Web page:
After a few minutes Sam turned up in his car. It was difficult to gauge his reaction, but he was either in deep shock or dead calm. I have to admit to feeling admiration for him as he uttered his first words to us. “My boys, how long before we get it ready again?” With all the right railway equipment and workers it didn’t take long to slip some track under it and shunt it back. It wasn’t all tickety-boo, though. After Sam left us, he marched back and summarily fired the camera operator who had failed to turn on his light switch, even though his camera had been running. He was an experienced and well-known operator, whom David knew and trusted. Unfazed by the poor man’s blunder, David quietly reinstated him and him and took him out to dinner that same night. After the nerve jangling experience, we were all even more wary of making any further mistakes.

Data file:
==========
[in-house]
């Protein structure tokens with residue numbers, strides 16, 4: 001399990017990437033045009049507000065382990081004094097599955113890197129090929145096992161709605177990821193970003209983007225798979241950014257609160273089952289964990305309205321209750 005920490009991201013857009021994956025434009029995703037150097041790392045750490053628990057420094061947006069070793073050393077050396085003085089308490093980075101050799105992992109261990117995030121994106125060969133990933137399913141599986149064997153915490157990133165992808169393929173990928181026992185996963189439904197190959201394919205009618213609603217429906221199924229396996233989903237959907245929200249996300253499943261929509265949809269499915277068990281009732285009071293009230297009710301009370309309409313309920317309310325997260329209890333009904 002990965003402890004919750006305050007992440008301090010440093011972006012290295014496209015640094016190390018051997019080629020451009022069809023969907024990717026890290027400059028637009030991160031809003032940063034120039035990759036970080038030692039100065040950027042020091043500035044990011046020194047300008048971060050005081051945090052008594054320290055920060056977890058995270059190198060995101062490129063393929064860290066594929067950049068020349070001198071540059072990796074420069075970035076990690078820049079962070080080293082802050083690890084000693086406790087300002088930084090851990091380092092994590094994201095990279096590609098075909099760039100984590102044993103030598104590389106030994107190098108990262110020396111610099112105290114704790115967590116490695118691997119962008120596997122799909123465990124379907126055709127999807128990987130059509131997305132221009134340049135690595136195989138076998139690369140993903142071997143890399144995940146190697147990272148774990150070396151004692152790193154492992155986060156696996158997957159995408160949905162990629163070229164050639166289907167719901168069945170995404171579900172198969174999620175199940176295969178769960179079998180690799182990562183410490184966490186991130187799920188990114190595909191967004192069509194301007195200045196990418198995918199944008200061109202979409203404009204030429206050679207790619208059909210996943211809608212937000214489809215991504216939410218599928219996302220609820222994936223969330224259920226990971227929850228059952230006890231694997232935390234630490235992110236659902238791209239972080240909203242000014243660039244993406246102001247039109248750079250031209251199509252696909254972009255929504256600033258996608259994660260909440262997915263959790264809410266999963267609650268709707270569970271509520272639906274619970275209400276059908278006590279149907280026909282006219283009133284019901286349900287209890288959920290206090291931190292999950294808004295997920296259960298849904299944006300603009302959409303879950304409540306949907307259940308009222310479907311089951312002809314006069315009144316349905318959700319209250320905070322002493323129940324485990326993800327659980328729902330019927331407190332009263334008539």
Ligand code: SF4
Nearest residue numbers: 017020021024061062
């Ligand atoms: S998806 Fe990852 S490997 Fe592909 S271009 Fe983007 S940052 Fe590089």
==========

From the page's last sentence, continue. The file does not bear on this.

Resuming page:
To my surprise, David asked me to drive the train for the second attempt. Apparently, the driver had got cold feet about driving the thing. Relieved he would no longer be risking his life, he was more than happy to give me a crash course on how to drive the locomotive to oblivion. I had the light switch and the sandbag shelter in which I was to dive when I bailed out moved almost to the beginning of the bridge. This gave me a few more precious seconds to jam the throttle lever open once I had set the right speed. It also gave me a pretty good close-up view of the bridge going down. Getting the timing right was a matter of life and death. Too late and I would end up in pieces amid tons of twisted wreckage at the bottom of the river; too early and we would ruin the shot. I set off inside the train, and this time I had the unique view from the driver’s cabin, looking down on the river some thirty metres below as the bridge rushed up to meet me. The train picked up speed and I waited to the last possible moment before jamming the lever. I dived on the sandbags and watched as the train clattered by, followed by an almighty bang as the dynamite went off. In an instant, the bridge which had taken us months to construct collapsed in a twisted heap. Still breathless, I shook myself down and looked down below, feeling mixed emotions. I was relieved the operation had been a success but also felt a twinge of sadness at seeing all the destruction. We had one final “special effects” scene in which the commandos were to set the explosive charges to the bridge support. We shot it during the day and filtered the lens to make it look like night time. Setting up the dynamite was fine and as I surfaced I saw David looking down on me, smiling. By the glint in his eye, I knew what he was thinking.